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prepared by Rabbi Eliezer Chrysler
Kollel Iyun Hadaf, Jerusalem

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Yevamos 54

YEVAMOS 46-55 - Ari Kornfeld has generously sponsored the Dafyomi publications for these Dafim for the benefit of Klal Yisrael.



(a) The Tana of the Beraisa learns from the Pasuk ...
1. ... "ve'Im Lo Yachpotz ha'Ish ... " - that the Mitzvah of Yibum takes precedence over that of Chalitzah.
2. ... "Yevamah Yavo Alehah" - 'bein be'Shogeg, bein be'Meizid, bein be'O'nes bein be'Ratzon'.
3. ... "le'Hakim le'Achiv Sheim" - a normal Bi'ah.
(b) The Tana of another Beraisa learns from the Pasuk ...
1. ... "u'Lekachah" - that he acquires his Yevamah even through an abnormal Bi'ah.
2. ... "ve'Yibmah" (without the 'Hey') - that only Bi'ah is Koneh, but not money or Sh'tar.
3. ... the 'Hey' of "ve'Yibmah" - that he acquires her even against her will.
(a) We learned above that a man *cannot acquire his Yevamah* when he is asleep. We cannot reconcile this with the Beraisa which says that he *can*, by establishing the latter Beraisa when it was the Yevamah who was asleep and not the Yavam - because of a second Beraisa, which specifically compares a Yevamah to a Yavam in this regard.

(b) To reconcile the two conflicting Beraisos - by establishing the latter Beraisa by a Yavam who was dozing (but not fully asleep).

(c) 'Misnamnem' means - dozing to the extent that he can respond when he is called. He cannot answer a question that requires a logical answer, but remembers the logic when he is reminded.

(a) The criterion for being Chayav 'Boshes' is - that one must intend to hurt the person (even though he does not intend to embarrass him).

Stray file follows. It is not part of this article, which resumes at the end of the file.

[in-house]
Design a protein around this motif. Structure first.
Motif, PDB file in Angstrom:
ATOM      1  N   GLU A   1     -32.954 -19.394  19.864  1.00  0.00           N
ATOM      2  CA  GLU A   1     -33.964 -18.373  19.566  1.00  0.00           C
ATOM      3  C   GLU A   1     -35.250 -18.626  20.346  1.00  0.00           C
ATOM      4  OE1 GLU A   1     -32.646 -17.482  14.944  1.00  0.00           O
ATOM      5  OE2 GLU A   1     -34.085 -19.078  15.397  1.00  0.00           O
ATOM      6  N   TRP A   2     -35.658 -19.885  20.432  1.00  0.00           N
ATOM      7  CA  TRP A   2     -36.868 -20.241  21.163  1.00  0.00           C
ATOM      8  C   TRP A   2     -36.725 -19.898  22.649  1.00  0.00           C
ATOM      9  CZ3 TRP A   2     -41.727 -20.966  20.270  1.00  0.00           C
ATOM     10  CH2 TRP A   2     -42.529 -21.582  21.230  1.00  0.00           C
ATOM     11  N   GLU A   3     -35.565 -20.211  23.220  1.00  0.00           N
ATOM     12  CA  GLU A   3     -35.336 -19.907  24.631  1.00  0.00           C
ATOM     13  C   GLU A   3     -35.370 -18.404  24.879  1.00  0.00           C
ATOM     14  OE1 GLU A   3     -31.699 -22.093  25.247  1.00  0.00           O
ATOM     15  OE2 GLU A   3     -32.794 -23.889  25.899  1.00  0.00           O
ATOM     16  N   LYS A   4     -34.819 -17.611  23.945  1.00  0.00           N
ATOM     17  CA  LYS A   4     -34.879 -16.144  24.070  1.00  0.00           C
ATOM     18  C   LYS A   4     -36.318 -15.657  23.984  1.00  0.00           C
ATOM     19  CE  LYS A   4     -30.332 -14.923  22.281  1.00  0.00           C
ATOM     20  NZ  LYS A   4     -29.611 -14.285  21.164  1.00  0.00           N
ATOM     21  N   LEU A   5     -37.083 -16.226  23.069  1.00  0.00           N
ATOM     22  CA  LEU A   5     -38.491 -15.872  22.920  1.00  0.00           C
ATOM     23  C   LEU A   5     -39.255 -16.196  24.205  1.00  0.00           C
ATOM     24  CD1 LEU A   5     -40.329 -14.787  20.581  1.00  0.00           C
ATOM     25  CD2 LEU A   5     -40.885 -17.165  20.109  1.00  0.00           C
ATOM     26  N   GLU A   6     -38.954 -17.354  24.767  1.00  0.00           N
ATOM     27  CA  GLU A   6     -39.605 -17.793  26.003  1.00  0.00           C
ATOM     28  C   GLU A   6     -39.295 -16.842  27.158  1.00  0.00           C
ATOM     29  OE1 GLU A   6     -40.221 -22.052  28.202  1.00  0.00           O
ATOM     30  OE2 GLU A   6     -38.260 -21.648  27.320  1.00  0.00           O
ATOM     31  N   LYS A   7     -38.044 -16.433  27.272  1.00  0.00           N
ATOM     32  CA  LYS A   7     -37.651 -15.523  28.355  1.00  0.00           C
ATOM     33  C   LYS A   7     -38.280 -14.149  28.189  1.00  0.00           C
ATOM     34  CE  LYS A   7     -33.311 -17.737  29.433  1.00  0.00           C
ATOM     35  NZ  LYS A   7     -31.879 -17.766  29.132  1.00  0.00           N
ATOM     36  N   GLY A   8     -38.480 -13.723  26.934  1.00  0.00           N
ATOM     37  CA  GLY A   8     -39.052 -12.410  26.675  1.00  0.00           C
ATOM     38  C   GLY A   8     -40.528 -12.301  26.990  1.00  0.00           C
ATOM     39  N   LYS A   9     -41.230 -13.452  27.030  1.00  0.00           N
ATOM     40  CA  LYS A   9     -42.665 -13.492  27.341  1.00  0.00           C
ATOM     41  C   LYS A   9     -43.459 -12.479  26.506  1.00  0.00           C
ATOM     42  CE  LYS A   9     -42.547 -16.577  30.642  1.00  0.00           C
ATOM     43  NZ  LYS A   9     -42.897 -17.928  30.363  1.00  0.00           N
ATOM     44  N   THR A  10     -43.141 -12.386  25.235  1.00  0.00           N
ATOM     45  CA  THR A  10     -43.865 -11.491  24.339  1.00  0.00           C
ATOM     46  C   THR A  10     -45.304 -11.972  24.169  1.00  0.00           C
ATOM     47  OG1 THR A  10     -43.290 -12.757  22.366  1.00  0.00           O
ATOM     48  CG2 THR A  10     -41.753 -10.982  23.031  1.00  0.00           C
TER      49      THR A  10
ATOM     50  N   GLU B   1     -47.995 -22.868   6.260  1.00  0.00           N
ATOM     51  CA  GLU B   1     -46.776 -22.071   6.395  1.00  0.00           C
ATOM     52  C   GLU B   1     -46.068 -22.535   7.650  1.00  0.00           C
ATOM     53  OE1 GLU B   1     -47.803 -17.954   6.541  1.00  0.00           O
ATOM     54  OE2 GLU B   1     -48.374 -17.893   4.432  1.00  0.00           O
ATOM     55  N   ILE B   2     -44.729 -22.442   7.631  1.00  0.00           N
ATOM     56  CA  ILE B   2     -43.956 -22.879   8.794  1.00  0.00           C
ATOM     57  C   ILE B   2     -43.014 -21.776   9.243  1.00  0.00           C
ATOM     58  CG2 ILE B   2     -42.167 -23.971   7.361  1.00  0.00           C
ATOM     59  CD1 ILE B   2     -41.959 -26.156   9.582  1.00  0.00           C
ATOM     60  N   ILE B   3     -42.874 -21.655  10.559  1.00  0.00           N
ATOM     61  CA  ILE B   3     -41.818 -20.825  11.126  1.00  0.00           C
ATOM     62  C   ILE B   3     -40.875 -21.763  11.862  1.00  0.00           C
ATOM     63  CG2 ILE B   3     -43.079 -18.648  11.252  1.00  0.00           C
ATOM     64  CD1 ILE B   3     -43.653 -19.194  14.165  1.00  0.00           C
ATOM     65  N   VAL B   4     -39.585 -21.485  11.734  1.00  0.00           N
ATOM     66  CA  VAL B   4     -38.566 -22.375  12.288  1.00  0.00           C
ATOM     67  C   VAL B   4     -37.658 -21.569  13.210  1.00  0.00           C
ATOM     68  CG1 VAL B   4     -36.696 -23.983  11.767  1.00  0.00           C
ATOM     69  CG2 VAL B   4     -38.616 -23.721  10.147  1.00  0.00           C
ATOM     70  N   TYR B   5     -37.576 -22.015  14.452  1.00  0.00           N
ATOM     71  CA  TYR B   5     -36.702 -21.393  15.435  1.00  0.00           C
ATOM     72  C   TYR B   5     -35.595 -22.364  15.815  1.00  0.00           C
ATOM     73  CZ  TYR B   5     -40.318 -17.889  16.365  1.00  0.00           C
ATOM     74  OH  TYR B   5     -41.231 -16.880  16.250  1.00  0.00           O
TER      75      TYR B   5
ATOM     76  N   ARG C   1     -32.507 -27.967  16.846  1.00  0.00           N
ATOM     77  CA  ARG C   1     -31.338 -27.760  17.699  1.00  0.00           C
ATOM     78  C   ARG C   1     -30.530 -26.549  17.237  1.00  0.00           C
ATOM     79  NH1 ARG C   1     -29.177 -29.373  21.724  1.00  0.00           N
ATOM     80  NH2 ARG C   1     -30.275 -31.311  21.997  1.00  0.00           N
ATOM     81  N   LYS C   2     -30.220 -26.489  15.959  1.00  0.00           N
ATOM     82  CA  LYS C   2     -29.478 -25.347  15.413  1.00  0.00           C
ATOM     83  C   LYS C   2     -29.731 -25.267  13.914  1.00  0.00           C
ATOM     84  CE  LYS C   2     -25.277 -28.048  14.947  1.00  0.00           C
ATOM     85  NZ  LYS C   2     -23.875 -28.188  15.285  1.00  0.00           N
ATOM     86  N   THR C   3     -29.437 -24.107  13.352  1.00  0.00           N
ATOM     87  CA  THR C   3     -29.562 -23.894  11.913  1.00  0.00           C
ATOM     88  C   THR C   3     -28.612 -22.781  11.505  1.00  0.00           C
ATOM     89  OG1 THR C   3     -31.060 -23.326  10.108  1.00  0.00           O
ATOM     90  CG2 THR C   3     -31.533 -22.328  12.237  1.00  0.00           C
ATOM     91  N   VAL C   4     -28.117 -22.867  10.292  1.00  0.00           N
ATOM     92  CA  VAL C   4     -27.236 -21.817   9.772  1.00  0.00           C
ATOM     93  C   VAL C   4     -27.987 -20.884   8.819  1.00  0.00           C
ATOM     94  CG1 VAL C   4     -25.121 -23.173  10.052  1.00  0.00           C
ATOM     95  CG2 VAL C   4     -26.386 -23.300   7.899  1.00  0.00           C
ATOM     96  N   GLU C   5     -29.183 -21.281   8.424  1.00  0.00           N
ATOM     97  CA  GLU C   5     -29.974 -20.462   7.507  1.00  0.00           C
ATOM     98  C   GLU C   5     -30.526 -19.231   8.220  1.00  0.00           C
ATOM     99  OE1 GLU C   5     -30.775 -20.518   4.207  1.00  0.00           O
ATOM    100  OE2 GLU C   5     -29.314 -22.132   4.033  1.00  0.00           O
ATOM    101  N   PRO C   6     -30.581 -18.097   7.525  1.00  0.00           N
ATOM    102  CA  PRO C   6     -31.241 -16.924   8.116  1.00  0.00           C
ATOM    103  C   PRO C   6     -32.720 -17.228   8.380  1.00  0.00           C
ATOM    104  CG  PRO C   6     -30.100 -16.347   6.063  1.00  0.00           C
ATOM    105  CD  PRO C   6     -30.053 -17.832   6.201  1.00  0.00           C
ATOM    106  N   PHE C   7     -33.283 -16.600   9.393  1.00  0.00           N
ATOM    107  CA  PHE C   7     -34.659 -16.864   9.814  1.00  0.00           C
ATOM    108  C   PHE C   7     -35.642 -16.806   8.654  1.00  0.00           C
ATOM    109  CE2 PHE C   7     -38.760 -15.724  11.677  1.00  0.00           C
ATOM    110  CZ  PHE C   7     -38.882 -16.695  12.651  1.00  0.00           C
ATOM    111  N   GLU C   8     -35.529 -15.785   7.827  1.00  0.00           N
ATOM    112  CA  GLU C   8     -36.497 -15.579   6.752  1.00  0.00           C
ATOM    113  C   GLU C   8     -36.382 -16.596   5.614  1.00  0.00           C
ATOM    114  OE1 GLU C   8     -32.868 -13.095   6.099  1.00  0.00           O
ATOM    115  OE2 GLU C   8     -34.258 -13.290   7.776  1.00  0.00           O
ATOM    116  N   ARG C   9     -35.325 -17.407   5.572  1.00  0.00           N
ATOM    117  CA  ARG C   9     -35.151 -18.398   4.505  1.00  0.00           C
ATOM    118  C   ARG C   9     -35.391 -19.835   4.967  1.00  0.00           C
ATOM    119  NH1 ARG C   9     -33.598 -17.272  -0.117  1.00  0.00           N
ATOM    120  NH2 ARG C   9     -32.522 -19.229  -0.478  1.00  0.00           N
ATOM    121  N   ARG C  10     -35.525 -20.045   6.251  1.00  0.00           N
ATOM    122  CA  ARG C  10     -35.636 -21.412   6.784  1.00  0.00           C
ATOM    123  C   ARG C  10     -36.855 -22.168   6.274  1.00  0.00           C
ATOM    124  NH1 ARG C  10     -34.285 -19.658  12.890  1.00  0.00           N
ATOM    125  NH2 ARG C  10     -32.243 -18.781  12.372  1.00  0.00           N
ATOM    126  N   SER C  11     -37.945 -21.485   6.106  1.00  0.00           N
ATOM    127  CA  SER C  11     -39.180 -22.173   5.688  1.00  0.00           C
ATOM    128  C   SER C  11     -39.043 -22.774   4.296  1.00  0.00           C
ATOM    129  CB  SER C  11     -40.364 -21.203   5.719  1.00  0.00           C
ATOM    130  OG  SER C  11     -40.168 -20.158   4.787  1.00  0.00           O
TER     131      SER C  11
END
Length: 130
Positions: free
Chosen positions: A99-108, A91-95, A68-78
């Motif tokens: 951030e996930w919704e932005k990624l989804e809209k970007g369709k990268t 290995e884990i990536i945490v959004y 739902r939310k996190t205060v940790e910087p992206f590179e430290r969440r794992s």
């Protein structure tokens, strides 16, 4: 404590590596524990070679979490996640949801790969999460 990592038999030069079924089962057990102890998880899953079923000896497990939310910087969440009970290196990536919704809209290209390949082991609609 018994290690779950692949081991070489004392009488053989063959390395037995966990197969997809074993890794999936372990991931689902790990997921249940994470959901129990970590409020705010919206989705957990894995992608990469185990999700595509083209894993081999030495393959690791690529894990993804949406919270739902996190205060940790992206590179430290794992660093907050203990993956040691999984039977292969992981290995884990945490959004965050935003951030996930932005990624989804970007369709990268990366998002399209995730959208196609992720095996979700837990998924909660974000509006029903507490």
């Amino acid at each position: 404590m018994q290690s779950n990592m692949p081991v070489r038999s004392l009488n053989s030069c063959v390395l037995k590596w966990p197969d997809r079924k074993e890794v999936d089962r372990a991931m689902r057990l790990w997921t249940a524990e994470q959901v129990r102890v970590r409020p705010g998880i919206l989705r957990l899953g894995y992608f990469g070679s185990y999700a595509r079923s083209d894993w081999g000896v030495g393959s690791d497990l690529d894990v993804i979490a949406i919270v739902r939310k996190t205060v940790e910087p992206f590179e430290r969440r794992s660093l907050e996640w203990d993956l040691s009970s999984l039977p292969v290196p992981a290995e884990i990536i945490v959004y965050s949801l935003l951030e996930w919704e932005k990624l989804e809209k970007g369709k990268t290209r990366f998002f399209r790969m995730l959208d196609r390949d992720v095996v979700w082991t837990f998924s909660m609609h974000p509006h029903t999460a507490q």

(b) If a Yavam made Bi'ah with his Yevamah intending to pour his seed on a wall, he *does not acquire her* - because he did not mean to perform Bi'ah; whereas if he did so having the intention of making Bi'ah with an animal, he *does* - because he meant to do Bi'ah.

(a) Ha'ara'ah is written both by Nidah and by Achos Av va'Achos Eim. The Torah writes "ve'Ish Asher Yikach es Eishes Achiv, Nidah Hi" - to teach us that a Yavam too, acquires his Yevamah through Ha'ara'ah, and we try to learn all the other Arayos from Eishes Achiv.

(b) It is not possible to learn Ha'ara'ah by all the Arayos with a 'Binyan Av' (also known as a 'Mah Matzinu') from ...

1. ... Nidah - because Nidah is different inasmuch as she (alone) renders her Bo'el Tamei.
2. ... Eishes Ach (which, as we just saw, we learn from "Nidah Hi") - because Eishes Achiv is different, inasmuch as it possible to increase his brother's wives (by his brother betrothing more women).
3. ... Achos Av va'Achos Eim - because they are different, inasmuch as they come naturally.
(c) We would be able to learn from ...
1. ... Eishes Ach - all the Arayos that are forbidden through Kidushin.
2. ... Achos Av va'Achos Eim - those relations that come naturally, such as a mother, sisters and daughters.
(d) We cannot learn Ha'ara'ah by all the Arayos from a combination of Eishes Ach and Achos Av va'Achos Eim, because they are all Asur because of 'She'er' - and we would not be able to learn Eishes Ish from them.
(a) So we try to learn Ha'ara'ah from a combination of Nidah and Eishes Ach. We refute the contention that we could not learn Eishes Ish from them, due to the fact that they have no Heter in the lifetime of those who cause the Isur - on the grounds that the statement is incorrect: Nidah and Eishes Ach have no Heter after their death either, since a Nidah remains Asur even after her husband's death (until seven days from the time the flow of blood ceases), and Eishes Ach remains Asur if he left children.

(b) The basic difference between Nidah and Eishes Ach on the one hand, and Eishes Ish on the other is - that by the former, the source that permits her (seven days by a Nidah, and the fact that the deceased husband of the Yevamah left no children) is not the same as the one that originally forbade her, whereas by Eishes Ish, it is (the dissolving of the Kidushin, which caused the original prohibition).

(c) We ultimately learn Ha'ara'ah by all the Arayos from Nidah with Hekeisha de'Rebbi Yonah - the Pasuk in Acharei-Mos ("Ki Kol Asher Ya'aseh mi'Kol ha'To'eivos ha'Eileh ve'Nichresu ha'Nefashos ha'Osos ... ") which compares all the Arayos to each other.